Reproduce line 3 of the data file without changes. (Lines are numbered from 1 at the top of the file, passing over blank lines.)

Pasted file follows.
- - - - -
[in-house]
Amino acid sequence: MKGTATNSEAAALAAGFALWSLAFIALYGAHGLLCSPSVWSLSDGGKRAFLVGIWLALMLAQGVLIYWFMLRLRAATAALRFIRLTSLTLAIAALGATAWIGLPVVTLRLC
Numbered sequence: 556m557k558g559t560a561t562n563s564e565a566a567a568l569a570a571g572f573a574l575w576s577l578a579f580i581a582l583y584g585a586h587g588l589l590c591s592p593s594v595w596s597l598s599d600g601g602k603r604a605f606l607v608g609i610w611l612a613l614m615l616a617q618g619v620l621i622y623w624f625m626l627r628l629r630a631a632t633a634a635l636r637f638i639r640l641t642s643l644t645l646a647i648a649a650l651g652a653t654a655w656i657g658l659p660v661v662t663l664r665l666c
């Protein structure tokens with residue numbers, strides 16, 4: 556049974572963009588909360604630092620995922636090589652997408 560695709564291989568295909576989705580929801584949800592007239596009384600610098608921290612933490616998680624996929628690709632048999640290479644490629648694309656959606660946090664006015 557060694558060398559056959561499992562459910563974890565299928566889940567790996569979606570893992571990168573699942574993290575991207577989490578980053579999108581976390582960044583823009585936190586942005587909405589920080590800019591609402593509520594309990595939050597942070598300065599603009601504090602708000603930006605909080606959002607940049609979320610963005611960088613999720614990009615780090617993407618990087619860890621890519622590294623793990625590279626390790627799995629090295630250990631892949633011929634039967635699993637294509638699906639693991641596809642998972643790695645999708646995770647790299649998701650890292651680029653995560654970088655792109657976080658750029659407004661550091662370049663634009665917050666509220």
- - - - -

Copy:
Numbered sequence: 556m557k558g559t560a561t562n563s564e565a566a567a568l569a570a571g572f573a574l575w576s577l578a579f580i581a582l583y584g585a586h587g588l589l590c591s592p593s594v595w596s597l598s599d600g601g602k603r604a605f606l607v608g609i610w611l612a613l614m615l616a617q618g619v620l621i622y623w624f625m626l627r628l629r630a631a632t633a634a635l636r637f638i639r640l641t642s643l644t645l646a647i648a649a650l651g652a653t654a655w656i657g658l659p660v661v662t663l664r665l666c